In light of this year's cancellation of the traditional Golden Globes broadcast extravaganza (replaced instead by a press conference) due to the writers' strike, I will tonight be doing away with all of the song and dance routines - as well as all of my usual witty repartee - as I announce this year's winners of the first annual "Thanks, Guy" Dave Kopperman awards for people who might have done something of note over the last year that has personally benefitted me.
However, in support of the Film & TV guild, the Rambler writers are on strike as well, along with our staff historian, librarian and archivist, so we're just going to go with anyone who has helped me within recent memory - which, given my very thin sense of gratitude added to my very poor retention skills, pretty much represents the last, oh... say, 72 hours or so?
Anyhow, without further ado:
Best Link: Christian Kriegeskotte
This Pittsburgh based composer and noted crank forwarded me a link to a widget that would allow me to embed audio into the Rambler in a much more attractive way - which, given how lame the traditional little MP3 thing looks to my eyes, is a real boon. Examples of its use can be seen at his own recently resuscitated blog, which I've also added to my list of links. His blog is the best written and supplemented on the list - and far better than the Rambler - but, then, he does live in Pittsburgh and will probably die before the rest of us.
Mitigating factors: dogmatic approach to anti-dogmatism in music; may believe in the literal philosopher's stone; name difficult to spell.
Best Advice from a Total Stranger: Cathy (?)
I did my first full video chat last night. I started with Karl, and then we got the idea to try to add a third just to see how it works, so Karl called up the former Apple Sales Rep to his school district, a woman named Cathy (thus giving her the unique position of being the first person I've met via webcam). Cathy is a woman of strongly held life philosophies, many of which she was willing to hold forth on authoritatively without much in the way of prompting. The general advice had much to do with a better way of managing your life and finances, mostly through intense planning and real estate (both on Earth and in virtual space), of which she herself is living proof. The specific advice was how to find the IP address of my networked printer, which I had been unable to get from Karl in the past. So she did right by me. All in all, a pretty fascinating conversation.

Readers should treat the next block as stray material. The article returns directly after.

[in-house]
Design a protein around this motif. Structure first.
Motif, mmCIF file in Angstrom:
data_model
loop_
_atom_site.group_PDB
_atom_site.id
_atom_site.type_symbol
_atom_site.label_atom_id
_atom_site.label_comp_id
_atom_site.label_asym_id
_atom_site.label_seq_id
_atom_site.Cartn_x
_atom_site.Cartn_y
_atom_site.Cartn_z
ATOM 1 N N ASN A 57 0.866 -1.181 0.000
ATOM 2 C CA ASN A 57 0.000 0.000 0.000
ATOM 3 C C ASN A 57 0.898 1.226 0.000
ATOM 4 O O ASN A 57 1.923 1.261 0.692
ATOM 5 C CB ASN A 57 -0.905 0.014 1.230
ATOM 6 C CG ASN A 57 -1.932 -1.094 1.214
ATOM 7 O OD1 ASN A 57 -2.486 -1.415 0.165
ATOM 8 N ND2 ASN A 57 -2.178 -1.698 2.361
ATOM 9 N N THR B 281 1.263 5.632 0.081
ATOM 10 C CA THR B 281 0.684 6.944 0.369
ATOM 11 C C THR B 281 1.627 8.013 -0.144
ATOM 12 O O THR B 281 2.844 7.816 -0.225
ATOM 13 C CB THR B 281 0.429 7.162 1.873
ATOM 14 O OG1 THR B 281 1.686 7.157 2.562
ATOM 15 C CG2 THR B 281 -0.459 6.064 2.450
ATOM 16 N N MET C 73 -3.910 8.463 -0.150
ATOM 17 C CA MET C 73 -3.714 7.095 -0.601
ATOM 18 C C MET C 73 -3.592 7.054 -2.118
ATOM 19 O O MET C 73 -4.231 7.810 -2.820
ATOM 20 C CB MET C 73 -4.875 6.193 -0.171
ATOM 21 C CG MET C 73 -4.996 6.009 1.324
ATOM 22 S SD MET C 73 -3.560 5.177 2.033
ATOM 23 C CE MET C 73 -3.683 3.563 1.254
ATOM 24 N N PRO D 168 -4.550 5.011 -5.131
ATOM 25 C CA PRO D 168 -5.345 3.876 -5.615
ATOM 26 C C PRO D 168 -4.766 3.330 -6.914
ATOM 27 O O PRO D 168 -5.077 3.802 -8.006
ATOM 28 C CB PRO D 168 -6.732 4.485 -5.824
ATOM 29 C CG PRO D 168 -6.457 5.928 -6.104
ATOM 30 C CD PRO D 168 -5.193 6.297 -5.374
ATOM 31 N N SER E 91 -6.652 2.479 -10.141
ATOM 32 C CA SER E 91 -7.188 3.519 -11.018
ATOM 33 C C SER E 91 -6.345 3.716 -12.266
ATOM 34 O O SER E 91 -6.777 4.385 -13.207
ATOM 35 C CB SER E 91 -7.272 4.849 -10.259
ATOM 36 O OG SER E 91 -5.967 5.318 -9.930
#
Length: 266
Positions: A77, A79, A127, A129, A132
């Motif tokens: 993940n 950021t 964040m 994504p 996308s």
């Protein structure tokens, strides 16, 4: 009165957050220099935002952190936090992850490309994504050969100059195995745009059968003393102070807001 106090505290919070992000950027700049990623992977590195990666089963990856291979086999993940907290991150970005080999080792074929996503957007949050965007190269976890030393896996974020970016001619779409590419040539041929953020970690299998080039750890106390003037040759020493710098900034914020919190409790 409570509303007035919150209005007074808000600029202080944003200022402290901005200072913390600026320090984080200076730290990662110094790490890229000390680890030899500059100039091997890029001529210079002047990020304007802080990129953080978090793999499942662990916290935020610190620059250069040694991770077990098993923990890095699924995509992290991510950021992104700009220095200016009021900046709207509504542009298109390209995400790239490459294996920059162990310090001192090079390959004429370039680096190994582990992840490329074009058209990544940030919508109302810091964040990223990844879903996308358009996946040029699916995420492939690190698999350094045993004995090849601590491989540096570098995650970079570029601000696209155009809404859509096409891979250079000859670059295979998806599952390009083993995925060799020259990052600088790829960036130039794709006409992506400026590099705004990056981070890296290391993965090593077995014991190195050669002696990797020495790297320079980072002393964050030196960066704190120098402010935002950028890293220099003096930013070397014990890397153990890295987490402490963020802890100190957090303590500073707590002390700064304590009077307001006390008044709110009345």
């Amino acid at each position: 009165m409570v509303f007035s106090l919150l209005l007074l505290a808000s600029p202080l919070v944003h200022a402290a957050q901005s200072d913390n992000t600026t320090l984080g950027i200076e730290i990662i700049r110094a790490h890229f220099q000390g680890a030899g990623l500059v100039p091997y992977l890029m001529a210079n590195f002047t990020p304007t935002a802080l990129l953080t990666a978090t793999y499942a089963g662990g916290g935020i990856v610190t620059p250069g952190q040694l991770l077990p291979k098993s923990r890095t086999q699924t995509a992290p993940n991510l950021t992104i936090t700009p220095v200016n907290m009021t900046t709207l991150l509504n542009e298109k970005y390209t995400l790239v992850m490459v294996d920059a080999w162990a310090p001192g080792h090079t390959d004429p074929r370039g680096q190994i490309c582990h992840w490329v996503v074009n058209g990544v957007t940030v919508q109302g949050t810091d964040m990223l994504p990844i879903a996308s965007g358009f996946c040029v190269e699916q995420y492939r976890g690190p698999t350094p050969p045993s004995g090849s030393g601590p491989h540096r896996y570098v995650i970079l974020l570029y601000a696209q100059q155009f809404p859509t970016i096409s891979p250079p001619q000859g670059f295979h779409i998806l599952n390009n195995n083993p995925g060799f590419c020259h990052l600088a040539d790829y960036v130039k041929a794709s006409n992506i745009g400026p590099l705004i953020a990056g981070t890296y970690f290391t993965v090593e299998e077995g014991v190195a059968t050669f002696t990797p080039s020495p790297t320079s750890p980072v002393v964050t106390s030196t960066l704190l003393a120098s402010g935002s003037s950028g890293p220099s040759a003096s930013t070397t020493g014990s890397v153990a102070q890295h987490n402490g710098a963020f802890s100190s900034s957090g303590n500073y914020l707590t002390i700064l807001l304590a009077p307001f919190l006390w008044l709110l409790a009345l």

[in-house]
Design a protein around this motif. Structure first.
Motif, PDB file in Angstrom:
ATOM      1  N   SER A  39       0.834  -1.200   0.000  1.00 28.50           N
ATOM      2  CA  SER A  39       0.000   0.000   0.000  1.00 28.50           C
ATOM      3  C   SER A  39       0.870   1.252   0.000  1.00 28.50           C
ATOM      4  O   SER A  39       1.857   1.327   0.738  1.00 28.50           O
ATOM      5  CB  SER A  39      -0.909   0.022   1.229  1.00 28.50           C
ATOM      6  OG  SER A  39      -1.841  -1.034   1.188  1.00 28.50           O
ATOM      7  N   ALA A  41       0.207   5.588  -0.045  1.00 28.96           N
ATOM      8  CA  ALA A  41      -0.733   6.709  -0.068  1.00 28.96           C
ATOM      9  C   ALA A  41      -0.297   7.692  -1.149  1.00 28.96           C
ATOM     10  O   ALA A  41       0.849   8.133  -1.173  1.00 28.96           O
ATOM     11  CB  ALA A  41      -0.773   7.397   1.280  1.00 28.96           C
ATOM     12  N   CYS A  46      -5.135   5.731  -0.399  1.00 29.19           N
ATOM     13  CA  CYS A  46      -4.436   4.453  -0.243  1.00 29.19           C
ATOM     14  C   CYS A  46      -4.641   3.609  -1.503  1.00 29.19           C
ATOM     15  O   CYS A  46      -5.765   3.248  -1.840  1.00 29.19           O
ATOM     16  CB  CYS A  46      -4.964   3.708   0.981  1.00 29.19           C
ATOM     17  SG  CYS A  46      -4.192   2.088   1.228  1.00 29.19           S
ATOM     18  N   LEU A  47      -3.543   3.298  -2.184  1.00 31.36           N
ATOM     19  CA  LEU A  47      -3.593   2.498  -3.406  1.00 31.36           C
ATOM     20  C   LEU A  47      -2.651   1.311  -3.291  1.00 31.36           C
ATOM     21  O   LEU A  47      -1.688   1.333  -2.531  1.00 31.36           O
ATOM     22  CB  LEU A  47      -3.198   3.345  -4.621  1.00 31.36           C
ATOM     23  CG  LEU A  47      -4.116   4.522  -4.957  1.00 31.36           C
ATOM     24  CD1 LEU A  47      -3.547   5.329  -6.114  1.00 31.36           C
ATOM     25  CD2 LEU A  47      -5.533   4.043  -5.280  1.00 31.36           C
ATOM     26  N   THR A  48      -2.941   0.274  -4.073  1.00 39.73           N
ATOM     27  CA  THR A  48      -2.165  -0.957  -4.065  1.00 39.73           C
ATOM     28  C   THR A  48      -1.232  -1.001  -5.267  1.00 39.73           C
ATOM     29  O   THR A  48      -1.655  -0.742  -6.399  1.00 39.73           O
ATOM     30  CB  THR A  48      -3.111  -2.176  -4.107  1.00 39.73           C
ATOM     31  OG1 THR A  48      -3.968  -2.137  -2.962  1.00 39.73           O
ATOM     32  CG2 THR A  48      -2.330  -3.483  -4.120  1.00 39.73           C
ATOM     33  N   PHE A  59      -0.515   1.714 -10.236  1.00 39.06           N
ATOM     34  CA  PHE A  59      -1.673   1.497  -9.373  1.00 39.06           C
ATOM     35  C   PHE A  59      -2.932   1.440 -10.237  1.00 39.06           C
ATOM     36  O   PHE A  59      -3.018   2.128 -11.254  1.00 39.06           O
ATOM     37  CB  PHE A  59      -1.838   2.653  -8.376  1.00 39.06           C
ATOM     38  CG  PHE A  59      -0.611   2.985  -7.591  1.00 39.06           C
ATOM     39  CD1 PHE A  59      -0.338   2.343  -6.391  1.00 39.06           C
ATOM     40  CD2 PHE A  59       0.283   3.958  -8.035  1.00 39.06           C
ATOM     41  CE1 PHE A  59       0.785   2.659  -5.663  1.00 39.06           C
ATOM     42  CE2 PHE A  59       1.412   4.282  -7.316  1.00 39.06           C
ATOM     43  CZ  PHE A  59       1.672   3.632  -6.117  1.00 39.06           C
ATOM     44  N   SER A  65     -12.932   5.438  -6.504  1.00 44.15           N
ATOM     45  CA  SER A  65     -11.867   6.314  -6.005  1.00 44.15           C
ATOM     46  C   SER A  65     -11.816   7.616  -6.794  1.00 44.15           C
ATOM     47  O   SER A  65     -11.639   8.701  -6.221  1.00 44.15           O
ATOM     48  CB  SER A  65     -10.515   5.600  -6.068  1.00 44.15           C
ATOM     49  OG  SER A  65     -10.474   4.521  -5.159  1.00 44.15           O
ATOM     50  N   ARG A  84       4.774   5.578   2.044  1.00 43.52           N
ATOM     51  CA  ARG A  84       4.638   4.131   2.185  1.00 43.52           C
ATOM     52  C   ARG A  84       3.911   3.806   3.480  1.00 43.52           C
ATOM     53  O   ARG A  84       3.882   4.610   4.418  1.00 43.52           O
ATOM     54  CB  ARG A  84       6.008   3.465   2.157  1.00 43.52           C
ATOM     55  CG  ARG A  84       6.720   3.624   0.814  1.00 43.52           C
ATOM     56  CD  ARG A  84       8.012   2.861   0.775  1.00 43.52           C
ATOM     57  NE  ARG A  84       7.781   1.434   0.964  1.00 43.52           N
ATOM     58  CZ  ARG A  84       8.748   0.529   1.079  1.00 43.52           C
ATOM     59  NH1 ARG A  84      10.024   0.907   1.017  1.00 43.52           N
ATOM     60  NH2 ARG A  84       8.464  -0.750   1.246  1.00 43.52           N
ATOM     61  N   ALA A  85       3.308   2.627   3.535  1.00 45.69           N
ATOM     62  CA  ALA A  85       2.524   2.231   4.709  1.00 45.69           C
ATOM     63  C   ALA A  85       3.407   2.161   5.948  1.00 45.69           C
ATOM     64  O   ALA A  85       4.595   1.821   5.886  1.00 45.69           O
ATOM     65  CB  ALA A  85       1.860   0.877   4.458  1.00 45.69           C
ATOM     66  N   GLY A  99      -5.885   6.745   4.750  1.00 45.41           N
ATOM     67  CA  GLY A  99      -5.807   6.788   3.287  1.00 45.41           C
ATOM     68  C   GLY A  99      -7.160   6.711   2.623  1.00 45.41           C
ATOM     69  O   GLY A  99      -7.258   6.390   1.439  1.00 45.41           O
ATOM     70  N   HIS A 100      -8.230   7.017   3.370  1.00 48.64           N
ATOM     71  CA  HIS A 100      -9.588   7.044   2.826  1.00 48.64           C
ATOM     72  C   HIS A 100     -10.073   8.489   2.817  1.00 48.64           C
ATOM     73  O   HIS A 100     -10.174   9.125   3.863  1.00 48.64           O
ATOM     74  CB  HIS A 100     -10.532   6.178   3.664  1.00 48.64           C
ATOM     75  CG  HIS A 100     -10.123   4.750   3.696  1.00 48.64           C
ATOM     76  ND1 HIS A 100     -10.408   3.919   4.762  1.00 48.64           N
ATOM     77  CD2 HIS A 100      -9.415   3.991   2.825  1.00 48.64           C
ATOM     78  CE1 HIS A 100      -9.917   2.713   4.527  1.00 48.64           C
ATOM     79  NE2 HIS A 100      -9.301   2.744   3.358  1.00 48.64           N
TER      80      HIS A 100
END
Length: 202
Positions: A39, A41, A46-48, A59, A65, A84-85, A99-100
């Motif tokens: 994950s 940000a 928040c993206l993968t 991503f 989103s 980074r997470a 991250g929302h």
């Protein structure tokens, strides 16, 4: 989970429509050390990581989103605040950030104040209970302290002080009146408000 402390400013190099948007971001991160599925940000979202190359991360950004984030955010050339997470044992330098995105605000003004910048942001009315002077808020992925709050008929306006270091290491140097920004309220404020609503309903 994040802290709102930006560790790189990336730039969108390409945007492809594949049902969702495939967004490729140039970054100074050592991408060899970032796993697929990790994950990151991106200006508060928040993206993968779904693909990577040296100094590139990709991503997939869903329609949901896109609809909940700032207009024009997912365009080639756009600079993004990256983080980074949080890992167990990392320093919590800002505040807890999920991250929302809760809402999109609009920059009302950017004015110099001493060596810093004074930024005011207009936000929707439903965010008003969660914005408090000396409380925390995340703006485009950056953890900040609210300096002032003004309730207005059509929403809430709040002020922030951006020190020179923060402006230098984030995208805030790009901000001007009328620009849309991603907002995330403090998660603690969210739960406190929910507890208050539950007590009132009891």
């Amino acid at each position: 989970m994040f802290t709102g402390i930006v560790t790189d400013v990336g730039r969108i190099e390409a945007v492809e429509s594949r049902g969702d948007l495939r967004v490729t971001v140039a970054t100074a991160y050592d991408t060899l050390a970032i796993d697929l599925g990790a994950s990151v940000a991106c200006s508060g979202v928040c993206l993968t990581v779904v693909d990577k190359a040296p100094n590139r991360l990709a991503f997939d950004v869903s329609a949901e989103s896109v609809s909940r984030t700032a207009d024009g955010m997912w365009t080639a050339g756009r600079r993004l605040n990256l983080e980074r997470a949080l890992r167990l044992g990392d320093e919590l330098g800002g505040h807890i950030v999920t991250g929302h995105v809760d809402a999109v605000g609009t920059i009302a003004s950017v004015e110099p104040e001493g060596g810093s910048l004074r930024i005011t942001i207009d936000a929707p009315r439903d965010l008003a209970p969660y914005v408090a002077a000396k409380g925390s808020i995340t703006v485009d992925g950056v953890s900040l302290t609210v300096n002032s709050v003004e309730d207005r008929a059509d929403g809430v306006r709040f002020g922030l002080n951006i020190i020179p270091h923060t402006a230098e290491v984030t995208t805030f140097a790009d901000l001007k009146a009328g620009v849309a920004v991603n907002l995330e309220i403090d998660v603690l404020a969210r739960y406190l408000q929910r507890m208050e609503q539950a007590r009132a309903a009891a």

Mitigating factors: drinks Coors Light; allowed her cats to be killed by her dogs, which seems a little unsportsmanlike.
Best Advice from a Financial Advisor: Hayes Griffen
The curious thing about being told how best to manage my finances by Cathy - who had done so with her own quite spectacularly - was that earlier in the day, Yesenia and I had visited with our own financial advisor with Ameriprise. Hayes is our second advisor with the company, and this was our first real extended meeting with him. Two hours later, Yesenia and I left the office feeling really optimistic about the future, which really is how you want to feel about the future whenever you can bring yourself to consider it. I recommend it as a good way to start the year. Specifically, Hayes looked at both long term goals and gave exact, practical advice on how to deal with current debt, which is a good mix.
Mitigating factors: meeting was on Saturday morning during my 'sleeping in' time; money scares me.
Best Metaphorical Deal With the Devil, and by "Devil," I Mean Microsoft Windows, and by "Metaphorical," I Mean: Bubba
After successfully getting the IP address for the networked printer, the time came to deal with the reason I wanted it in the first place: to tell the Dell laptop running Windows XP - nicknamed "Pazuzu" - to actually acknowledge its existence and deign to print to it. This was a project I've dabbled with over the last few months, always with the same predictable non-results. Over the course of the evening, Bubba walked me through a few procedures.
An early success of note was putting the Dell into DOS mode and pinging the IP address, and finding that, yes, the computer could see the printer. Sadly, Windows could not, which is a little odd considering that WIndows is on the computer. Running the Printer Set-Up 'Wizard" - obviously more Saruman than Gandalf - only resulted in Windows disavowing that anything could be found at that IP address.
FInally, we went through a secondary routine deep in some other function that miraculously got the printer found and printed to. It was, however, achieved in such a roundabout manner that I commented to Bubba that it was as if you were driving a car with standard transmission, and couldn't switch gears using the clutch - but it turns out that there's a second secret clutch under the passenger seat, and they neglect to mention it in the manual.
Bubba also walked me through defragmenting the drive and cleaning up a bunch of needless start-up programs that weren't found in the "Add and Remove Programs" function, so the Dell now runs at something resembling a useful speed, which Yesenia will no doubt appreciate, seeing as how she's chained to it as the only computer that will work for her online Translation classes.
Mitigating factors: Still finds Windows superior to Mac, in spite of all empirical evidence to the contrary; Depeche Mode fan.
Thanks to the efforts of these kind people, I can now sleep better knowing that the Rambler will be more current in functionality, my future is secured and my Dell can print. And isn't that what we all hope for?